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Here you’ll find a useful compendium of diseases and ailments that you may encounter as a public school educator:
Acne: Serious skin conditions affect around seven million of people in the UK alone. They can cause significant emotional distress as well as physical discomfort.
Allergies: Allergies are abnormal reactions to ordinarily harmless substances. The sensitizing substances, called allergens, may be inhaled, swallowed, or come into contact with the skin. Allergens that most frequently cause problems are: pollens, mold spores, house dust mites, animal danders, foods, insect bites or stings, plants, insect spores, latex rubber, viruses, bacteria, medications and environmental conditions (such as cold temperatures).
Asthma: Asthma is a lung disease. People have it for many years. There is no cure for asthma, but you can take charge and learn to control it. During an asthma episode, the airways in your lungs get swollen. Your chest feels tight. You may cough, wheeze, or have trouble breathing.
Carpal Tunnel Syndrome: Carpal tunnel syndrome is a disorder of the hand (caused by swollen tendons in the wrist) resulting from repetitious, forceful motion of the hands and wrists.
Chickenpox: Chickenpox is a highly contagious disease caused by the varicella virus, a member of the herpes virus family. It is the most commonly reported childhood disease. In 1994, there were 5,977 cases reported among New York City residents (rate of 81.6 cases per 100,000 persons). Effective in 1995, chickenpox is no longer required to be reported to the New York City Department of Health.
Common Cold: The common cold (also called viral rhinitis) is a viral infection, characterized by nasal congestion, a clear, runny nose, sneezing, scratchy throat and general malaise.
Diabetes: Diabetes can cause serious health complications including heart disease, blindness, kidney failure, and lower-extremity amputations. Diabetes is the seventh leading cause of death in the United States.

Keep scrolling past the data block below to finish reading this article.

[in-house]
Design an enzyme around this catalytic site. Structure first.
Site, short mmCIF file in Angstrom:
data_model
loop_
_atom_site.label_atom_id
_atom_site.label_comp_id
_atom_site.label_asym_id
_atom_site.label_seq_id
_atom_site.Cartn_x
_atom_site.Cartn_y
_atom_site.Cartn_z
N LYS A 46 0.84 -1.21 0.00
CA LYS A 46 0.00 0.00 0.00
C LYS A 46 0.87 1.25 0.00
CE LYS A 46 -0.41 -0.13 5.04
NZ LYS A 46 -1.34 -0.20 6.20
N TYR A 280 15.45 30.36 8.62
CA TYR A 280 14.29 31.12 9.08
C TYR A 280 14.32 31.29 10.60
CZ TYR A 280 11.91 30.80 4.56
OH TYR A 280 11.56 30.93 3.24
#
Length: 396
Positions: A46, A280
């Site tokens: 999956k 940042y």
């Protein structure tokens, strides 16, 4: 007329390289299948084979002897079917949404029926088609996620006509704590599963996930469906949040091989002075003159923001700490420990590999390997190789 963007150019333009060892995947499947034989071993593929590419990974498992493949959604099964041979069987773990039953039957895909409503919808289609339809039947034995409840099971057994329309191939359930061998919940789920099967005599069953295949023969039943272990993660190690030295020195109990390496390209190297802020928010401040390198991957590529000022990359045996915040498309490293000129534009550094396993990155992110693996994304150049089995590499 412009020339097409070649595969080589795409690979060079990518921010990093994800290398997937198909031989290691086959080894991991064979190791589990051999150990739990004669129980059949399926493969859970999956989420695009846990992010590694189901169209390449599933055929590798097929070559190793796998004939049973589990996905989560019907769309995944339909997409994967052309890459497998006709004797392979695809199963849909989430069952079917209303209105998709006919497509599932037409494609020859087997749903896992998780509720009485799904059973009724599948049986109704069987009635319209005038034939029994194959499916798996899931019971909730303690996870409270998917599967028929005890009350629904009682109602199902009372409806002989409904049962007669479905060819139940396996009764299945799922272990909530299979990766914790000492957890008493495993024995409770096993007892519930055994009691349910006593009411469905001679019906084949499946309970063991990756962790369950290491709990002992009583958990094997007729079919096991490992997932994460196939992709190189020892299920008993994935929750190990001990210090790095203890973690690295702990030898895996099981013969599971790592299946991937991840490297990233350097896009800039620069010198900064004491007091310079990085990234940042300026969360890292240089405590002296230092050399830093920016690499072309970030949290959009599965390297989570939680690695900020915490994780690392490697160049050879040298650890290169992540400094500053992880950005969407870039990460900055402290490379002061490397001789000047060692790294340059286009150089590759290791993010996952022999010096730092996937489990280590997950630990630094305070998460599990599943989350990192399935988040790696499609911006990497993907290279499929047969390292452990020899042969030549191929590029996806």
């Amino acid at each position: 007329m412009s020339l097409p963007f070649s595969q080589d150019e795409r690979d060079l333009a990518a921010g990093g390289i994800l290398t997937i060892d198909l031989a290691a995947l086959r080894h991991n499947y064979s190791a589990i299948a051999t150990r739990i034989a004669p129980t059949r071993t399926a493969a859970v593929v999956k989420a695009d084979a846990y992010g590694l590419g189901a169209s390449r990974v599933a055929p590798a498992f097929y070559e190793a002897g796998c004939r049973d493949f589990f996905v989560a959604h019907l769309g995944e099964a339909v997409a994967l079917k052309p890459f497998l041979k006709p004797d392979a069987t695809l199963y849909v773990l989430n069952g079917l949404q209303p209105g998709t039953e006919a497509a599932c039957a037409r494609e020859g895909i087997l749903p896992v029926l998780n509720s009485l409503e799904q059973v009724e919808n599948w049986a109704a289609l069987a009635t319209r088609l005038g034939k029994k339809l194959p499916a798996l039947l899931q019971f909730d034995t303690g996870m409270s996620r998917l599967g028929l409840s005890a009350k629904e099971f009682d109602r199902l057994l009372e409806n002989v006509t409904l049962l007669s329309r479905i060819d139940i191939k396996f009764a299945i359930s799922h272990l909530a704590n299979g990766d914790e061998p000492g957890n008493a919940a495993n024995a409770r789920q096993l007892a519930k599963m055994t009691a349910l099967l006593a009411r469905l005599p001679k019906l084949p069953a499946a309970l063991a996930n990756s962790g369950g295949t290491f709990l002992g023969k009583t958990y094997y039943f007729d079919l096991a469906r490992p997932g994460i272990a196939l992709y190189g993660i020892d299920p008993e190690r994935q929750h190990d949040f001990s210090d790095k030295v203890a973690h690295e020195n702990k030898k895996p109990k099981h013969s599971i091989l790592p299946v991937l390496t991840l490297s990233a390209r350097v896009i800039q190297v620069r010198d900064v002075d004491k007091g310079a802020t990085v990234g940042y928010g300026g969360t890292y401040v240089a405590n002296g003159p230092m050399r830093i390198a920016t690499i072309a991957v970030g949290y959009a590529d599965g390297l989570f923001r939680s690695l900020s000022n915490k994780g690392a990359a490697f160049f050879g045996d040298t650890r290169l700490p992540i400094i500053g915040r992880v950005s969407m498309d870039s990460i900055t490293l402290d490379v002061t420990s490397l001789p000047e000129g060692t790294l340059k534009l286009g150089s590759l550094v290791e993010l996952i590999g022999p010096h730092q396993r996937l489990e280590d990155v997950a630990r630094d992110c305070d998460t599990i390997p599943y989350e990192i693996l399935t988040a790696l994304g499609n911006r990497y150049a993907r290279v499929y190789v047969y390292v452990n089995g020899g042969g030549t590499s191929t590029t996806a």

Caring for Diabetic Children in the Classroom: About 151,000 of the 17 million people with diabetes in the United States are children. That means one in 400 school-age children has diabetes.
Eczema: Serious skin conditions that can cause significant emotional distress as well as physical discomfort.
Epilepsy: Epilepsy is a brain disorder. It occurs when the electrical signals in the brain are disrupted. This change in the brain leads to a seizure. Seizures can cause brief changes in a person's.
Epi-pen: The DOE has developed a comprehensive plan to address the identification and treatment of food allergies in New York City schools.
Fifth Disease: Fifth disease, usually a mild rash illness with low or no fever, is caused by a human parvovirus (B19). For many years, fifth disease was viewed as an unimportant illness of children. Recently, studies have shown that the virus may be responsible for serious complications in certain individuals. No accurate estimate of disease occurrence is available in New York City because fifth disease is not a reportable condition.
Hay Fever: Hay fever is a type of allergic rhinitis that occurs at particular times of year, usually spring and summer, when pollen counts are high. Allergic rhinitis, which can occur at any time, is an inflammation of the nose caused by reaction to an allergen in the air or in food.
Head Lice: Headlice is an infection with adult or larval lice or their eggs (nits). Here is information about the disease and the policy on lice and nits in New York City public schools.
Hepatitis B: Hepatitis B (formerly known as serum hepatitis) is an infection of the liver caused by a bloodborne virus.
Impetigo: If you have children, you've probably dealt with an assortment of rashes and skin irritations over the years. One of the most common of these is impetigo - a skin infection that usually appears on the face, especially around the nose and mouth. Although anyone can develop the infection, it mainly affects infants and young children.